Tuesday, July 24, 2012

Sometimes and Always #6

I'm back to link up with Megan at Mackey Madness for the 6th week!  Come and join the fun over at her sweet blog!

Sometimes - I can't help but let my little men sleep in the bed with me when their daddy is away.  

Always - I never sleep very well when my husband is away and my kids are in the bed with me.  I am either too worried about being alone in the house and being the only protector for my babies, or I am worried that if I fall asleep, I'll sleep too heavily and not hear if my children need me.  When Eddie is here, he is definitely the lighter sleeper, and I have come to depend on him waking me up if needed.  However, when he is away, I guess my mommy instinct kicks in and won't let me sleep as soundly.  

Always (there's no sometimes for this one) - I am so glad when my husband gets home after being away for a night or two. 

Sometimes - my boys can be a handful!


Always - I love the way they love each other!


Sometimes - I could lay and look at this precious face all night.


Always - I need my sleep!

Sometimes - law school classes are really boring.

Always - There is a class that really teaches you something shockingly profound and useful.  Tonight, a professor for the UNC School of Government spoke to us about the difficult job judges have of making fair and just decisions when it is human nature to automatically process, stereotype, and allow bias to influence our decisions.  Literally, our brains are made to function on "autopilot" so that we can react more quickly in dangerous situations for survival.  We need to be aware of our biases so that we can make a conscious effort to override "autopilot" and actually base our decisions on careful thought.  It was definitely an interesting and personally challenging lecture.  I think we all need to realize and come to terms with our personal biases...we all have them and just need to work on overcoming them.  If you are interested in learning more about your own personal biases that are built into your brain, you may want to go take the Implicit Association Test (IAT).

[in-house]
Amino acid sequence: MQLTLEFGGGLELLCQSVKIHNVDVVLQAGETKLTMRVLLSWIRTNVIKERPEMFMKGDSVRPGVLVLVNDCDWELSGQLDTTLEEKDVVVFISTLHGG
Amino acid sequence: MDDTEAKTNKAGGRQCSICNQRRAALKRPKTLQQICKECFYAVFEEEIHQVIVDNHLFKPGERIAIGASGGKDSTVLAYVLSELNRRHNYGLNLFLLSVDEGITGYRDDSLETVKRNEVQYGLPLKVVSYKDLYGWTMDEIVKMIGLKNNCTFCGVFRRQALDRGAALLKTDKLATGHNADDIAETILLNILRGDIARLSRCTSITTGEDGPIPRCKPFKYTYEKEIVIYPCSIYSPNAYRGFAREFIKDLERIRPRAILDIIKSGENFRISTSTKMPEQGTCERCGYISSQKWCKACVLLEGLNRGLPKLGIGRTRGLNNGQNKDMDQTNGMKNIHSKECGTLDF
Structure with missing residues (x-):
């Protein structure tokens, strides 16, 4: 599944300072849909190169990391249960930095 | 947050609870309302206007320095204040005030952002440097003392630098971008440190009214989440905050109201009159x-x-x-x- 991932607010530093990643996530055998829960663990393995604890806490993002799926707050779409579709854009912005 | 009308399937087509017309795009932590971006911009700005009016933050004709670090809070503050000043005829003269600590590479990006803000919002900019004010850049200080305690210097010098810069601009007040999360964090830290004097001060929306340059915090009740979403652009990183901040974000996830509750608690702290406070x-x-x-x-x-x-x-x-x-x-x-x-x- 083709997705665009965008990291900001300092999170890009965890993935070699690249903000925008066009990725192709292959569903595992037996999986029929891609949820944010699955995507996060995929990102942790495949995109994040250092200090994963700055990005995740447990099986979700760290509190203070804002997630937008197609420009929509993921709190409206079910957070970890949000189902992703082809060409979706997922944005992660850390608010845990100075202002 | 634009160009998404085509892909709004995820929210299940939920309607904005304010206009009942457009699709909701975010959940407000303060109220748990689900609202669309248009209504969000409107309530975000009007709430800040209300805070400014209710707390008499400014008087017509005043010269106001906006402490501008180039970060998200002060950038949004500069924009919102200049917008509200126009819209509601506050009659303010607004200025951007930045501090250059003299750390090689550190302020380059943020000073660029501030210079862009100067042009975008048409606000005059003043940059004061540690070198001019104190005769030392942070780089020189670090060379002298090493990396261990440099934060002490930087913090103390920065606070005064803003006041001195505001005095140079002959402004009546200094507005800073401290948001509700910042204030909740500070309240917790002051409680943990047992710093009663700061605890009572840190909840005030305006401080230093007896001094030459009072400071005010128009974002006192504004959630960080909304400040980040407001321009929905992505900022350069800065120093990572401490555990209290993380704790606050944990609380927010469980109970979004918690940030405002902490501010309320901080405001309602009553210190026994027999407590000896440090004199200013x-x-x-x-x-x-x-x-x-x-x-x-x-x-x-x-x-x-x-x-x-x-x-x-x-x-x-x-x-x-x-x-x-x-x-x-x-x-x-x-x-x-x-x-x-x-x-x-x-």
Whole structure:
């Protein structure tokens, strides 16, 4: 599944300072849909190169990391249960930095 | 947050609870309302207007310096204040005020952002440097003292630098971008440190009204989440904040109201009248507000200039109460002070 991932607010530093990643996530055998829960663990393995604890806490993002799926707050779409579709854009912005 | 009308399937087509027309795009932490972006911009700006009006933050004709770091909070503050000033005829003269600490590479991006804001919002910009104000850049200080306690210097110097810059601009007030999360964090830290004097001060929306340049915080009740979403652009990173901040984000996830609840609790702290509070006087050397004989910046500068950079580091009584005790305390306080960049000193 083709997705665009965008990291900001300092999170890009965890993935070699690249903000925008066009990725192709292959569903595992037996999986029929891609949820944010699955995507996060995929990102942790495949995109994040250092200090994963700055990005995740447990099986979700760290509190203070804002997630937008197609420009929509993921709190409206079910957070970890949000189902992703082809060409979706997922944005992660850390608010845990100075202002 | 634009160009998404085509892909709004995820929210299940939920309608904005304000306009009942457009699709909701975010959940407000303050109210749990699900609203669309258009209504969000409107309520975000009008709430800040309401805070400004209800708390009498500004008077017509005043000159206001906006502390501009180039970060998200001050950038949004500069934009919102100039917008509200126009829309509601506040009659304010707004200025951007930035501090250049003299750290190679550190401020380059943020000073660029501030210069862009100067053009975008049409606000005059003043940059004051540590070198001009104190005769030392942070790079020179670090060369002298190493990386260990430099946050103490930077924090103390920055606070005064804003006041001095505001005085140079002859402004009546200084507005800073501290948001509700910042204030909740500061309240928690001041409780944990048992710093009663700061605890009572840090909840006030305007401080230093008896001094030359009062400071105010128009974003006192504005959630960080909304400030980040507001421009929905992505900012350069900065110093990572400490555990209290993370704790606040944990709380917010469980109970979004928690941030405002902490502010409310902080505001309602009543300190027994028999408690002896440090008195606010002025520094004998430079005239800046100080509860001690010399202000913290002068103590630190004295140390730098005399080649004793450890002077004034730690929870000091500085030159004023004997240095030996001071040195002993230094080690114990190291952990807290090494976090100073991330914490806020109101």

I had a little trouble coming up with these tonight in case you couldn't tell!



  1. I woke up at 2 am because Elliott was fussing and almost rolled over Spencer when getting up. I had NO idea he had climbed into bed with us. I definitely sleep more soundly with Elliott than I did with Spencer at the same age.

    Your lecture from tonight sounds fascinating. I don't think I could ever be a judge because I'm too quick to judge. Do you want to eventually be one? Because that might be our one and only difference!

    1. Nope, you can chalk that up to another similarity! I don't think I could ever be a judge although this is an interesting class about how to achieve justice and fairness in the courts. Although I recognize that I do exhibit some personal biases, I actually found a lot of fault with that little test I posted. It seems like it actually "programs" your brain in the beginning and then forces you to change and do the opposite of that programming. Then, when you're brain is slower or can't adapt to the change, it chalks that up as being biased. Like if you take the race test, it asked me in the beginning what my ethnicity was (pretty much white or non-white) and then the test started by pairing good words with "European-American" faces on one side and bad words with "African-American" faces on the other side. Then, after you had done two rounds sorting the good words and "white" faces together, it changed and asked you to sort bad words with "white faces." I felt that was an error because it is like that game of rubbing your stomach and patting your head and then trying to change and pat your stomach and rub your head. The mind has trouble making change instantaneously and using that as a basis for "prejudice" is flawed, but I do recognize that we all do probably exhibit some biases and it is important to be aware of those biases and think carefully about our decisions and not decide too quickly to avoid making decisions that may be affected by those biases. He gave a lot of examples of how making rash decisions often lead to wrong answers...like those "simple" math problems that look so easy at first glance and tempt you to just jot down your first guess. "A baseball and bat cost $1.10 together. How much does the baseball cost if the bat cost $1 more than the ball." Your first guess is 10 cents but that would be incorrect because if the ball cost 10 cents then the bat would actually cost $1.10 and the total would be $1.20. So the actual answer is 5 cents! I got that one right, but it took me a while to analyze it. :-)

  2. Sherry,

    Thank you so much for the blog award! I'll do my post as soon as I can!!!! So excited!



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